Wednesday, October 16, 2013

The Inspiration Behind The Wind Whisperer by Krista Holle

The Wind Whisperer might surprise you.  It was Pocahontas.  You may wonder how this is possible since it has been almost 400 years since Pocahontas was alive.  It started when I purchased a densely forested piece of property once owned by Pocahontas.  It was a piece of dowry given to her by Chief Powhatan when she married John Rolfe, the tobacco farmer.  Within two miles of our property was the original Jamestown.   
One of my inspirations behind

It was here in Virginia where I wrote The Wind Whisperer, a young adult novel full of romance, intrigue, murder, and a heavy dose of supernatural.  It was hard not to let my imagination go wild when I walked through the forest, or explored along Tidewater’s many streams and rivers.  Native hunters certainly tracked deer here while the woman gathered wild blackberries and grapes.  Though The Wind Whisperer is based on a fictional tribe, I wanted it to feel as authentic as possible.  This meant doing lots of research and stealing facts from the Powhatans that once lived here. 

It was natural that my female protagonists have tattoos.  This was a normal fashion.  Tattoos were not only for beauty but symbols status and wealth.  Yes, Pocahontas wore tattoos.  My fictional tribe also lives in longhouses, just like the structures the Powhatan people lived in.  As with every tribe in the region, there’s a temple, a medicine man, beads for bartering, and lots of conflict!   

In doing research on the ancient locals, some things surprised me.  The Native Americans weren’t romantic at all—not in the sense that we think.  There are no displays of public affection.  I remember reading about one warrior who returned home after a very long absence.  When the couple first saw each other, instead of throwing themselves into each other’s arms, they gazed at each other for a very long time.  That was it—a deep soulful stare.  I had to do a lot of winging when I created this juicy love triangle.

One of the most important elements in my story is that my main character Anaii can “hear” the spirits of the wind talking.  Not such a stretch for a people who believe everything has a spirit—rock, tree, stream, ect… To Anaii, the spirits are a little like static on the radio.  They never stop talking and observing.  This makes Anaii extremely valuable to her tribe—it also causes lots and lots of conflict.  Hopefully as you read The Wind Whisperer, you’ll feel submerged in Native American life, and just maybe you may even channel a little Pocahontas.
About The Wind Whisperer:
At fifteen, Anaii is the most important member of her tribe—and the most mysterious.  Ever since Anaii can remember, the spirits of the wind have whispered of fertile hunting grounds and imminent enemy attacks.  But when her people are ambushed by a brother clan without any apparent cause, the spirits remain eerily silent.

As the village prepares to retaliate, Anaii is pressured by her best friend, Elan, to marry him.  It’s an old plea—Elan has spent a lifetime loving her, but Anaii only sees a childhood playmate out of an imposing warrior.  Stifled by Elan’s insistence, Anaii escapes into the forest where she meets Jayttin, the beautiful son of the enemy chief.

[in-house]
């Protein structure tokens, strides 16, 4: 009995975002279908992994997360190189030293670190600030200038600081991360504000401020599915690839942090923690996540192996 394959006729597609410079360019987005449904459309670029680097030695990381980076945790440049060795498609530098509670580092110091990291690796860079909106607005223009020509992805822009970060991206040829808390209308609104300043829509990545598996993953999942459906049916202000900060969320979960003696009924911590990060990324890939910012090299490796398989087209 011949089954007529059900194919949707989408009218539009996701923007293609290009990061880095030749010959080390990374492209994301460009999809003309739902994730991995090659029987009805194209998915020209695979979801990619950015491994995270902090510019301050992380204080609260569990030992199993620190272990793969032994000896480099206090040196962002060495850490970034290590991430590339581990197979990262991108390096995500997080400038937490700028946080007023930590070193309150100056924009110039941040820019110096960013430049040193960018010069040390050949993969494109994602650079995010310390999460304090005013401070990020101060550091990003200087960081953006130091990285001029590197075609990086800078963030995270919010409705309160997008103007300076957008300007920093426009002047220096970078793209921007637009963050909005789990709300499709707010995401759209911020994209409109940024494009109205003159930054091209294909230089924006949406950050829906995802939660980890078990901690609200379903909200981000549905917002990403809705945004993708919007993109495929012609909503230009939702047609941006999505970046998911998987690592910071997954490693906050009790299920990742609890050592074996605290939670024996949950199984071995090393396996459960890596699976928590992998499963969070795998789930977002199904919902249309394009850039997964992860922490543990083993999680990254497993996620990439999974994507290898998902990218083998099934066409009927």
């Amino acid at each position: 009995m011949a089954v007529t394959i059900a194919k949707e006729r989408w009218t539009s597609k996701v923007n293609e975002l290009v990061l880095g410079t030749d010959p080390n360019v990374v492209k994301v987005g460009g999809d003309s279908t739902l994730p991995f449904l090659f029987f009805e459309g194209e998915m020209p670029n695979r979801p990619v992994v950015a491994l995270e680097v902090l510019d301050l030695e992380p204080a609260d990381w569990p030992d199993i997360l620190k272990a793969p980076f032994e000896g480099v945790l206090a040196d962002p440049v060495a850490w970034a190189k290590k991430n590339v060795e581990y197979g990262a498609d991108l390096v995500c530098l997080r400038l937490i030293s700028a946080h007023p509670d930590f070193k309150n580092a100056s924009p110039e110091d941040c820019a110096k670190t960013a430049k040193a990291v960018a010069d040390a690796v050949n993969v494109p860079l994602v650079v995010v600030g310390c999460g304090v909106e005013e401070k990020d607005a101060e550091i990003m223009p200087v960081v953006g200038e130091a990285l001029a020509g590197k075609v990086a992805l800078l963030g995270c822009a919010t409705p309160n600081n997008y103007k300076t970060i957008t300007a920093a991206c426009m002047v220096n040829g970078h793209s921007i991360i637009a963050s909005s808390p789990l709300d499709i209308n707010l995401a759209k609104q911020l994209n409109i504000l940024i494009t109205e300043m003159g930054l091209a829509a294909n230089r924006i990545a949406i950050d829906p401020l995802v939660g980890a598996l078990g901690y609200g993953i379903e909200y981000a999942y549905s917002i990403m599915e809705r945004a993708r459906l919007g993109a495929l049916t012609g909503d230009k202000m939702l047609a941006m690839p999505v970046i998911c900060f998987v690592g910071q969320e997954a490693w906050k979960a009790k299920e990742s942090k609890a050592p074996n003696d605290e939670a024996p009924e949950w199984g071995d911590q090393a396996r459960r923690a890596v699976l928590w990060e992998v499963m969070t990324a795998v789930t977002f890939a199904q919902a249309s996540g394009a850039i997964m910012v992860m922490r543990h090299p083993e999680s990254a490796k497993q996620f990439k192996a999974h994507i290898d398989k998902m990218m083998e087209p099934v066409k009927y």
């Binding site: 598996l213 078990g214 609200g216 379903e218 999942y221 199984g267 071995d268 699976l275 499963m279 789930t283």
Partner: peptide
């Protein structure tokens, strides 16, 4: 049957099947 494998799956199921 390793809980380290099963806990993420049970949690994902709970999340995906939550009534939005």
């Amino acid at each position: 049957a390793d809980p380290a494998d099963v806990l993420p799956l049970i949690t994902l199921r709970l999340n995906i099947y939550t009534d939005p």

Enamored by Jayttin’s carefree spirit and hope for peace, she repeatedly sneaks away to be with him, but when her deception is discovered, Elan is devastated.  Pledging his lifelong affection, Elan gives her a passionate kiss, and Anaii begins to see her friend in a new light. 

While Anaii is tormented over which man she must choose, the wind whispers of a new threat that could destroy both tribes.  Only a union will afford a chance at survival, but the reality of that union is based on one thing—which man Anaii chooses to die.
Krista's Blog | Goodreads
About the Author:
Merish, the completely illogical but heartfelt story of a girl who was part mermaid, part fish.  As a young mother, Krista added to her repertoire some middle grade readers and picture books she’s wary of mentioning. 
Krista has been writing since she was nine-years-old when she scribbled out her first adolescent work entitled
In 2004, Krista began an intensive four year period working part-time as a critical care nurse while homeschooling her four children.  During this hectic time, courses of writing were taught and learned, and rules of syntax were scolded to memory. Ironically this period of study equipped Krista with the tools she needed to enter the next phase of her writing experience. 
Now equipped with the mysteries of the comma, Krista was ready to tackle a much bigger project—a full-fledged novel.
After the kids were enrolled in public school in 2009, it occurred to Krista that there is an insatiable audience of women and girls who want to read books filled with stories about true love, not just vampires.  Convinced that there was an unfulfilled audience waiting for what she love to write—love stories, she sat down in the family’s dungeon, a.k.a. the basement, and began to furiously type.  In no time, her first novel was drying on crisp white paper. 
Krista currently resides in Montpelier, Virginia with her husband, four daughters, and an eccentric cat with a weird attachment to the family’s socks.  She is getting ready to release her second novel this fall and continues to write obsessively every chance she can get.